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Abstract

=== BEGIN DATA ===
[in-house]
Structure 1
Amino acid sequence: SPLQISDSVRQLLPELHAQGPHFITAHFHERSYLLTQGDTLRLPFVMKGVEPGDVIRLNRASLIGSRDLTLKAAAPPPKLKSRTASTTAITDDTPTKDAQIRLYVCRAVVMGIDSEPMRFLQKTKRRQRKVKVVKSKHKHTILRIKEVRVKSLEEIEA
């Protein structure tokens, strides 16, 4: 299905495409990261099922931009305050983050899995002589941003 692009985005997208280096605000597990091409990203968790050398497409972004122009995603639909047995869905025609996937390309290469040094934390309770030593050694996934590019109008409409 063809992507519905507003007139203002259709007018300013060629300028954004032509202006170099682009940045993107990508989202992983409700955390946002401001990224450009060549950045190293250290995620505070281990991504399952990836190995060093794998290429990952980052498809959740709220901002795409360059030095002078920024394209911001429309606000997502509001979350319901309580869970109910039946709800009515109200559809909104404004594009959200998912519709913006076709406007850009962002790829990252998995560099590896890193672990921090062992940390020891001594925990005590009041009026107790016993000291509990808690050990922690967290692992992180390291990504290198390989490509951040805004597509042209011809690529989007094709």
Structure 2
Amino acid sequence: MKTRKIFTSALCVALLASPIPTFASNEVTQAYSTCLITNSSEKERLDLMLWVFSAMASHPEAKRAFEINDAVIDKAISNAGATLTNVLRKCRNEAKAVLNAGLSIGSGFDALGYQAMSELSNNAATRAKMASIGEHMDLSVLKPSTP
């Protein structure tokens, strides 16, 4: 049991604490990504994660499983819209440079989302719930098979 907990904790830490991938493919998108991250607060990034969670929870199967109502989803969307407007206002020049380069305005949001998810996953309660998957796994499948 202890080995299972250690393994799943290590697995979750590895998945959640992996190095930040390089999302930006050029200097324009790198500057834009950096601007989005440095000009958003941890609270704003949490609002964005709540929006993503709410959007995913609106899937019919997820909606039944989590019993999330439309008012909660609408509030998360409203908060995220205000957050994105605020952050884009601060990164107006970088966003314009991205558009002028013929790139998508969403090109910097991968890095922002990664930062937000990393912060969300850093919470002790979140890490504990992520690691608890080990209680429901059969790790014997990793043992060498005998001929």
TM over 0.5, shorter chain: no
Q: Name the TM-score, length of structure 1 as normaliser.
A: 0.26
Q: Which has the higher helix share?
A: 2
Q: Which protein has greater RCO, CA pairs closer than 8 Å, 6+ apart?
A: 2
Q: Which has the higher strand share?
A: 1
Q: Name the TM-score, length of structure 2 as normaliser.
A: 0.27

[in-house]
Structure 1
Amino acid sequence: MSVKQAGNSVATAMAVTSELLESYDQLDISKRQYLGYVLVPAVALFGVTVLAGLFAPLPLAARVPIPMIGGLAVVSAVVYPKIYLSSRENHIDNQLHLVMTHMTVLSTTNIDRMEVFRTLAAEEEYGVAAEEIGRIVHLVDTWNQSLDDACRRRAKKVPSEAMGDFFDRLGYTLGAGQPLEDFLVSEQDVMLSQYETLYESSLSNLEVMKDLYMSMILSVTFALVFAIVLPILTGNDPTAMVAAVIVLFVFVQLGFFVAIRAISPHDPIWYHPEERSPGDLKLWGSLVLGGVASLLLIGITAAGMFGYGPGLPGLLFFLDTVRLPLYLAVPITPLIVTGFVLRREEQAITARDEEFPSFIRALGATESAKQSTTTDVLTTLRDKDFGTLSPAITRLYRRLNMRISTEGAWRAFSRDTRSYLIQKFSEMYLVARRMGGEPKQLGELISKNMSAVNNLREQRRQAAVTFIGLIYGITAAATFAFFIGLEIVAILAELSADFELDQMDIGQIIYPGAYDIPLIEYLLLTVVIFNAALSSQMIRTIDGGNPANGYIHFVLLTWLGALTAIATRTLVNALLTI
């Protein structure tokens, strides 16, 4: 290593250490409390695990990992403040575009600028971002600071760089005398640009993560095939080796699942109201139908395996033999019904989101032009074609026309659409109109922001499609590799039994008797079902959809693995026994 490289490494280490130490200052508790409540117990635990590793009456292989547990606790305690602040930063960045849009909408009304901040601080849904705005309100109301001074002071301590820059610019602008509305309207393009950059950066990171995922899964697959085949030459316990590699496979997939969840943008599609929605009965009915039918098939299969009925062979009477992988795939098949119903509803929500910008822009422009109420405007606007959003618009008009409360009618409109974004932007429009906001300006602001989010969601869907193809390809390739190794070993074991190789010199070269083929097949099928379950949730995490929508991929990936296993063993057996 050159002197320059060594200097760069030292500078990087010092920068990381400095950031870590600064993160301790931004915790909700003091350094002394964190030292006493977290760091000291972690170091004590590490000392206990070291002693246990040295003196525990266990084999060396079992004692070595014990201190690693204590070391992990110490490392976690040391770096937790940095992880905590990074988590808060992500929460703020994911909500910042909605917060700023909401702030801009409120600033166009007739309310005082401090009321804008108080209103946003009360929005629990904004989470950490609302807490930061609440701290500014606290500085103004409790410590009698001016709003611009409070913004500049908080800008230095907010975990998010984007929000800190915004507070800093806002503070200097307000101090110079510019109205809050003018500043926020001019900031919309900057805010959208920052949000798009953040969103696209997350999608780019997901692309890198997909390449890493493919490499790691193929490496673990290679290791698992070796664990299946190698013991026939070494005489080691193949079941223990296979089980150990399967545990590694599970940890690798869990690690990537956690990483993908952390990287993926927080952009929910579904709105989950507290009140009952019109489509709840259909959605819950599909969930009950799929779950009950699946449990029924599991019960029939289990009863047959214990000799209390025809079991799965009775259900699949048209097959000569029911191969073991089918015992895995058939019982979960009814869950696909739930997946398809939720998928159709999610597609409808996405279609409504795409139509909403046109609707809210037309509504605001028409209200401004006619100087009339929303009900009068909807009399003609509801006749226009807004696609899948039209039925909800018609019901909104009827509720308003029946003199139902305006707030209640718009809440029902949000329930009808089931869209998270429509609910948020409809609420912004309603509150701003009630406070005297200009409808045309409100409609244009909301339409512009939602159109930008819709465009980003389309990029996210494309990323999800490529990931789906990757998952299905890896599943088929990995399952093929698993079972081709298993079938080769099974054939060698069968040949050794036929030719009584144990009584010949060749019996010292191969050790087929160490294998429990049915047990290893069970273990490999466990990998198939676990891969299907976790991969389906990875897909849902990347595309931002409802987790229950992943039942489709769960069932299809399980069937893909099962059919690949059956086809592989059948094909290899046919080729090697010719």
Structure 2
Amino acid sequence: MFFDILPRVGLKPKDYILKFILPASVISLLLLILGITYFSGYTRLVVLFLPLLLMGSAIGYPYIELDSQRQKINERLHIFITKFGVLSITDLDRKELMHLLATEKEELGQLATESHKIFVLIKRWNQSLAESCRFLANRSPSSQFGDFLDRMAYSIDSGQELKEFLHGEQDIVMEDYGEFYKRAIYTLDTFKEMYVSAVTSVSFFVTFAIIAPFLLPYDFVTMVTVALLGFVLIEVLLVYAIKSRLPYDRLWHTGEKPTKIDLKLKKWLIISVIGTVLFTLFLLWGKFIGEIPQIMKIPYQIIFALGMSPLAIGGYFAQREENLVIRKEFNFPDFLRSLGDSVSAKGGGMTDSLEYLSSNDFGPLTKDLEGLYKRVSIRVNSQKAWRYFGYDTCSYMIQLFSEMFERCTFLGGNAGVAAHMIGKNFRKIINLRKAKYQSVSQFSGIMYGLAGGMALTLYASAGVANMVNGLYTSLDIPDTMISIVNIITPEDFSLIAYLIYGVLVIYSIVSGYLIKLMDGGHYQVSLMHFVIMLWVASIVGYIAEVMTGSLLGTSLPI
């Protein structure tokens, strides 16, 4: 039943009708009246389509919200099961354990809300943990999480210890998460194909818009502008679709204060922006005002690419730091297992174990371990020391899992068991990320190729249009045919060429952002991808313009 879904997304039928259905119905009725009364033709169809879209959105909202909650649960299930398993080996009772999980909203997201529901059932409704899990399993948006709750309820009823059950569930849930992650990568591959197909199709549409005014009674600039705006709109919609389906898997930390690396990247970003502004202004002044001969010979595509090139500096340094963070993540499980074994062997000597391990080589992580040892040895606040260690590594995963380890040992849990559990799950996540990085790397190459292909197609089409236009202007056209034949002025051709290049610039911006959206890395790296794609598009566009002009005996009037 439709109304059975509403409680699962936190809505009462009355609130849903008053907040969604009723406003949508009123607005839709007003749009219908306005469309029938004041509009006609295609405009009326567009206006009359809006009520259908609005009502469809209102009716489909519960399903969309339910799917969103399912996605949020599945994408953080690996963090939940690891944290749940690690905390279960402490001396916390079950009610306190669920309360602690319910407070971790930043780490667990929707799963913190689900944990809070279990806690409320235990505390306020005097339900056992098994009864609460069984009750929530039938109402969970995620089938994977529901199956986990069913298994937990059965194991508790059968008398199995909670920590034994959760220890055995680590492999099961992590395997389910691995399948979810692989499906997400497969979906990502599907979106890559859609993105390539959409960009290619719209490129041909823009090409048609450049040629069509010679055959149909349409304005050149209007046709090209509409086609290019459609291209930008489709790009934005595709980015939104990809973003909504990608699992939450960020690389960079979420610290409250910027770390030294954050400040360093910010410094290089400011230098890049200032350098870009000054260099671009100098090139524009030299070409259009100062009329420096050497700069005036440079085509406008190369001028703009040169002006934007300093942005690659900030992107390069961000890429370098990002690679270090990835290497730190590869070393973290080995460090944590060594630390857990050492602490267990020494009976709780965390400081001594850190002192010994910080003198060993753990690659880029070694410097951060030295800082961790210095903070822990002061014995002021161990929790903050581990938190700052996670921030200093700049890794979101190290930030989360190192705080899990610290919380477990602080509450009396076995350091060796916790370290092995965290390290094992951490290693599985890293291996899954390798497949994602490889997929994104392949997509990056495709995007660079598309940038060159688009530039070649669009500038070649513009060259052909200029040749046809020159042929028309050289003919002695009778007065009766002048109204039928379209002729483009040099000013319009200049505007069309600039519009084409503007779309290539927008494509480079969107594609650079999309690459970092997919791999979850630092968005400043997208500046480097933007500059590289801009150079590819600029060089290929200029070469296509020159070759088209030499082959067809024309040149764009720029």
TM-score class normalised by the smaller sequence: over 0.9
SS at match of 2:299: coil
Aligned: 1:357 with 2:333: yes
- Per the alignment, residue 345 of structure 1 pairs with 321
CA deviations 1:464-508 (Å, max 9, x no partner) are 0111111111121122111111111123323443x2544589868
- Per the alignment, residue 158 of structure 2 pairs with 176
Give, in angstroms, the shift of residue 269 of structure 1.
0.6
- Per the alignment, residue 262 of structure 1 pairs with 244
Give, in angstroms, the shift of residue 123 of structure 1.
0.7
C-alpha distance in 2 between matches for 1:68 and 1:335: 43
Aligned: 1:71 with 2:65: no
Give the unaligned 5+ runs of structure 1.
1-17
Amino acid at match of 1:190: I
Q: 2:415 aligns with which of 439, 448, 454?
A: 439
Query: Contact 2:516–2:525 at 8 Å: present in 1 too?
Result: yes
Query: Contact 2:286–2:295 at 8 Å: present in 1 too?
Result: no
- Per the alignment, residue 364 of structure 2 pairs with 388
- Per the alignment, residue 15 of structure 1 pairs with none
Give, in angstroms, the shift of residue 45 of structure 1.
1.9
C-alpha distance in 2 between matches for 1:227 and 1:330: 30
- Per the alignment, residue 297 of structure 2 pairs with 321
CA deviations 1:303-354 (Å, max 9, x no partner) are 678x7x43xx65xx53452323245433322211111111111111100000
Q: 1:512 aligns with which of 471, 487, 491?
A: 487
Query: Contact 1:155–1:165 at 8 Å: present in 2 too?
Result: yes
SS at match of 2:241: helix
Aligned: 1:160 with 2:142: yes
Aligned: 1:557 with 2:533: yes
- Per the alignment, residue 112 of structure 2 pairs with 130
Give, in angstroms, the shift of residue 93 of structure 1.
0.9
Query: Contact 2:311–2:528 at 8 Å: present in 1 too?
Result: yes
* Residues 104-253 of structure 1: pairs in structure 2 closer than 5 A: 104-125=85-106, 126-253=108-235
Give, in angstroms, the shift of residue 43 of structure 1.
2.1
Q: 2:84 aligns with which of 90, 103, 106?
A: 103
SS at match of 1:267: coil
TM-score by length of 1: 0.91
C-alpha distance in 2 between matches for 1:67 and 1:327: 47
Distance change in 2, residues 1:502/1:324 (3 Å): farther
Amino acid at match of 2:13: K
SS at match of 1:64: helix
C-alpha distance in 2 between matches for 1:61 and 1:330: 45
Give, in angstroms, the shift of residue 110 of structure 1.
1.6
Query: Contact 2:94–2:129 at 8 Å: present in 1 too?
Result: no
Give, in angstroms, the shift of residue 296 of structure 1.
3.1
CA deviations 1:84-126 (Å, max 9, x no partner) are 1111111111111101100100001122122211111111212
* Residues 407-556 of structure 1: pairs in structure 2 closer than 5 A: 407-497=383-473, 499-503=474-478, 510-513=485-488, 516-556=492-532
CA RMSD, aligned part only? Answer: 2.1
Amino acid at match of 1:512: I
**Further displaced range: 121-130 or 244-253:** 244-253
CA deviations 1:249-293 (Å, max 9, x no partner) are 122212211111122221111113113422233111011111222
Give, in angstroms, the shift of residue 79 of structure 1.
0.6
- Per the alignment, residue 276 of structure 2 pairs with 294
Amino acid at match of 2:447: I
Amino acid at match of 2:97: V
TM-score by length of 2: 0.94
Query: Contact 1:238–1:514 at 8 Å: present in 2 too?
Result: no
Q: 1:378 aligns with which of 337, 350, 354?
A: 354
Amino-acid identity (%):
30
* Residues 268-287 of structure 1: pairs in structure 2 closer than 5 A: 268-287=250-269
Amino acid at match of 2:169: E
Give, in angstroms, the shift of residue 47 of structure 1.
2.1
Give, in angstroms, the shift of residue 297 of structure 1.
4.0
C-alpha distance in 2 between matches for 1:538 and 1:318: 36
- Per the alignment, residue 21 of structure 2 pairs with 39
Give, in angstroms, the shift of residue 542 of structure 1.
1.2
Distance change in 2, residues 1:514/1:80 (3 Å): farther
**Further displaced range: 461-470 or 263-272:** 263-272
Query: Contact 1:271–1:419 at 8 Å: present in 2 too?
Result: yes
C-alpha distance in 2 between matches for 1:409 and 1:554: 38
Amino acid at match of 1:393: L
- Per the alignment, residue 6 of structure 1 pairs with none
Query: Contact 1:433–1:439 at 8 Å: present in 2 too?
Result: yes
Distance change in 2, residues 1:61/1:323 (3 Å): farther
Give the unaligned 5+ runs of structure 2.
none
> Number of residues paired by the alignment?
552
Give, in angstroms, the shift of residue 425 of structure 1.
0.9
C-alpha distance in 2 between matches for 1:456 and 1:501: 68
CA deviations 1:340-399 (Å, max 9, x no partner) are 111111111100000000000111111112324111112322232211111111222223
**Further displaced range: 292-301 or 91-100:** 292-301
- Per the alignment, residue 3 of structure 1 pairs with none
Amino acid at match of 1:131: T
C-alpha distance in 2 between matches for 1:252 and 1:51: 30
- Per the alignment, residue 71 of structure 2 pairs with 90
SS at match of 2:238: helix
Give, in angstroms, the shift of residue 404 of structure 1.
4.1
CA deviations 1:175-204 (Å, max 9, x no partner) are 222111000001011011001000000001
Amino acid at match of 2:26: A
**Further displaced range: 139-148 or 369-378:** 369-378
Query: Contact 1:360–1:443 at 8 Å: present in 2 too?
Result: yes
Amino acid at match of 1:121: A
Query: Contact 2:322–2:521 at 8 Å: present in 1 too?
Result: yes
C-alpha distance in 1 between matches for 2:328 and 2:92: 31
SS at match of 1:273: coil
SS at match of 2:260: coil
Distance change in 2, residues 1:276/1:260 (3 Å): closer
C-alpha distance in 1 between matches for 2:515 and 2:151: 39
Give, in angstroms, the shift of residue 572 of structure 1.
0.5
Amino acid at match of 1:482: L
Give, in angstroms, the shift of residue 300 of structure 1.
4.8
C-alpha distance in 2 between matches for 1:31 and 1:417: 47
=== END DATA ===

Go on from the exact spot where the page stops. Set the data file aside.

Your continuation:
The primary stability of cementless femoral components is crucial for the long-term success of total hip arthroplasty. The mechanisms which influence this stability are not yet well understood. However, mechanical environment in peri-implant tissue is known to be a key parameter in this context. Particularly, implant loading induces local micromotions at the bone-implant interface and affects the stability of the implant. In this project we are interested to characterize these micromotions and to interpret them into clinical solutions. In the first part of the project, we propose to design a loading device which allows to apply loads on bones in-vitro and to generate these micromotions. In the second part, student will use the microCT scan system to take images of bone under different loads and finally a home-made algorithm should be developed for micromotion measurement and statistical analyses. The work uses both biomechanics and image processing principles.

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